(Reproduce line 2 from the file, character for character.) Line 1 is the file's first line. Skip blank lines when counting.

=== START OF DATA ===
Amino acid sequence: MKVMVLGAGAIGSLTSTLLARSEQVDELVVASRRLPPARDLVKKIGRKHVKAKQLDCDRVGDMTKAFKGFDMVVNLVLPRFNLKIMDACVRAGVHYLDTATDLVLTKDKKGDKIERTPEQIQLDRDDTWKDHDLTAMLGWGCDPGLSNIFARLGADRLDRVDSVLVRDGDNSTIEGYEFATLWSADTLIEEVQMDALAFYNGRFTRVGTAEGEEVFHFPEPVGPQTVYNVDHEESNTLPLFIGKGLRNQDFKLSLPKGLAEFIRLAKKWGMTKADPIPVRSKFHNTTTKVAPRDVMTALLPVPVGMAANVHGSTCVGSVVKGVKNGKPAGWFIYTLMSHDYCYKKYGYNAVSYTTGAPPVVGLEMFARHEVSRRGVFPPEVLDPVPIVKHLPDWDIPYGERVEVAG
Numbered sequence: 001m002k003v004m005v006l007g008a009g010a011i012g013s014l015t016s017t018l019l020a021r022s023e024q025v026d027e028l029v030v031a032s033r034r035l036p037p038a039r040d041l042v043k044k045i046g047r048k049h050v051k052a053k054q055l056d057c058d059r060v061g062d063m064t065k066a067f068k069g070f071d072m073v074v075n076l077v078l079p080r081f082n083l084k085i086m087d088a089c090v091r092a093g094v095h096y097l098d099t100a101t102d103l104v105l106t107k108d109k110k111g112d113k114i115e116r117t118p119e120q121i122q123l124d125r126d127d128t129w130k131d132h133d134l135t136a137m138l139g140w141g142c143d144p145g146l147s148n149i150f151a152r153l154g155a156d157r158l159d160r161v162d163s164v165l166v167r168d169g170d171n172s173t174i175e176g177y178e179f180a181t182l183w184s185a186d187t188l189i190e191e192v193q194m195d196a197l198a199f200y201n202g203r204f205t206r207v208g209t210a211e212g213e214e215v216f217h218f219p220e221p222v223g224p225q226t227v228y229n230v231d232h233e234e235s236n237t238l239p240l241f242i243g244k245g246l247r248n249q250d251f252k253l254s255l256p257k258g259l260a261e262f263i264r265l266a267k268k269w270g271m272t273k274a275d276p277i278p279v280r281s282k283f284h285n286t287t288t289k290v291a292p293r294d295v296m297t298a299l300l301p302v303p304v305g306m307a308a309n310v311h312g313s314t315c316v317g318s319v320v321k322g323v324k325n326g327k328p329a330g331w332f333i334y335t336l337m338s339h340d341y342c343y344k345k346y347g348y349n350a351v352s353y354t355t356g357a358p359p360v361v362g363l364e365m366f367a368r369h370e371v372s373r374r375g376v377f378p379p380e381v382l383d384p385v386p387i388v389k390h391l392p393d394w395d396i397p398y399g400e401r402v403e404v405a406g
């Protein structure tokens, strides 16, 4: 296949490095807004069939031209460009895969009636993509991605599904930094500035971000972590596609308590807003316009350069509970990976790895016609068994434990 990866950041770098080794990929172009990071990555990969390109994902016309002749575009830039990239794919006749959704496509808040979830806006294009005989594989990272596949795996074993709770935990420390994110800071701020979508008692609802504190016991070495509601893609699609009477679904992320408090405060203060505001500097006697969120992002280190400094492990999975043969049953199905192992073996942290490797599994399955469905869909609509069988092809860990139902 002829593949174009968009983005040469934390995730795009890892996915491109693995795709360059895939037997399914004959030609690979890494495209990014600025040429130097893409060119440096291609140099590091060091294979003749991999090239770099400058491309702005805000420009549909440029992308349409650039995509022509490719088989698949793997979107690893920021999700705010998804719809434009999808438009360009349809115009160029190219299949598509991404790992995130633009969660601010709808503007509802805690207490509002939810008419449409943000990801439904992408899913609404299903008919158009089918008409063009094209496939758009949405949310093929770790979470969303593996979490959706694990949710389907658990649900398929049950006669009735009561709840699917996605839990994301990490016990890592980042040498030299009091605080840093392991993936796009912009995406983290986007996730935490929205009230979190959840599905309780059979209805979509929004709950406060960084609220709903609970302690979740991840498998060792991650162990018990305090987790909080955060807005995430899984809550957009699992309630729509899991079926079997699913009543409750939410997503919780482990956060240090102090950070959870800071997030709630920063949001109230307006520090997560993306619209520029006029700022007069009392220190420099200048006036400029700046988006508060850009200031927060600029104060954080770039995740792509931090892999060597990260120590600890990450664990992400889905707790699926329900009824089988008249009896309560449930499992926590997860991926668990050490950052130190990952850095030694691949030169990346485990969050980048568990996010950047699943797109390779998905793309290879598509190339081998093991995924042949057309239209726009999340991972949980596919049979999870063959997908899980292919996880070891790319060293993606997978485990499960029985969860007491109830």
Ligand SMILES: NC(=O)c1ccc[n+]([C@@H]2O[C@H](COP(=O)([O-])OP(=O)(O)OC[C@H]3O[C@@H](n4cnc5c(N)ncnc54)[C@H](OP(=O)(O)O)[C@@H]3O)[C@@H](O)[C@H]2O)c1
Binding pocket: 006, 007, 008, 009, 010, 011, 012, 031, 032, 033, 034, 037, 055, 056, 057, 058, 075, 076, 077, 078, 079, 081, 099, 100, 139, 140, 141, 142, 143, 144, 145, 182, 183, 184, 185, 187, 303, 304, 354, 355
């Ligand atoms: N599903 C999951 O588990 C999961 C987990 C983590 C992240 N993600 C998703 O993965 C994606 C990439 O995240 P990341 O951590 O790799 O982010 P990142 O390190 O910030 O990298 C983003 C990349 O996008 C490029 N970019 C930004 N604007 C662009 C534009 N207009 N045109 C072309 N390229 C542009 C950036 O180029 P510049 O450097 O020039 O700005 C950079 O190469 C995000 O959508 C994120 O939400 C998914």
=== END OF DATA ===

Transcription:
Numbered sequence: 001m002k003v004m005v006l007g008a009g010a011i012g013s014l015t016s017t018l019l020a021r022s023e024q025v026d027e028l029v030v031a032s033r034r035l036p037p038a039r040d041l042v043k044k045i046g047r048k049h050v051k052a053k054q055l056d057c058d059r060v061g062d063m064t065k066a067f068k069g070f071d072m073v074v075n076l077v078l079p080r081f082n083l084k085i086m087d088a089c090v091r092a093g094v095h096y097l098d099t100a101t102d103l104v105l106t107k108d109k110k111g112d113k114i115e116r117t118p119e120q121i122q123l124d125r126d127d128t129w130k131d132h133d134l135t136a137m138l139g140w141g142c143d144p145g146l147s148n149i150f151a152r153l154g155a156d157r158l159d160r161v162d163s164v165l166v167r168d169g170d171n172s173t174i175e176g177y178e179f180a181t182l183w184s185a186d187t188l189i190e191e192v193q194m195d196a197l198a199f200y201n202g203r204f205t206r207v208g209t210a211e212g213e214e215v216f217h218f219p220e221p222v223g224p225q226t227v228y229n230v231d232h233e234e235s236n237t238l239p240l241f242i243g244k245g246l247r248n249q250d251f252k253l254s255l256p257k258g259l260a261e262f263i264r265l266a267k268k269w270g271m272t273k274a275d276p277i278p279v280r281s282k283f284h285n286t287t288t289k290v291a292p293r294d295v296m297t298a299l300l301p302v303p304v305g306m307a308a309n310v311h312g313s314t315c316v317g318s319v320v321k322g323v324k325n326g327k328p329a330g331w332f333i334y335t336l337m338s339h340d341y342c343y344k345k346y347g348y349n350a351v352s353y354t355t356g357a358p359p360v361v362g363l364e365m366f367a368r369h370e371v372s373r374r375g376v377f378p379p380e381v382l383d384p385v386p387i388v389k390h391l392p393d394w395d396i397p398y399g400e401r402v403e404v405a406g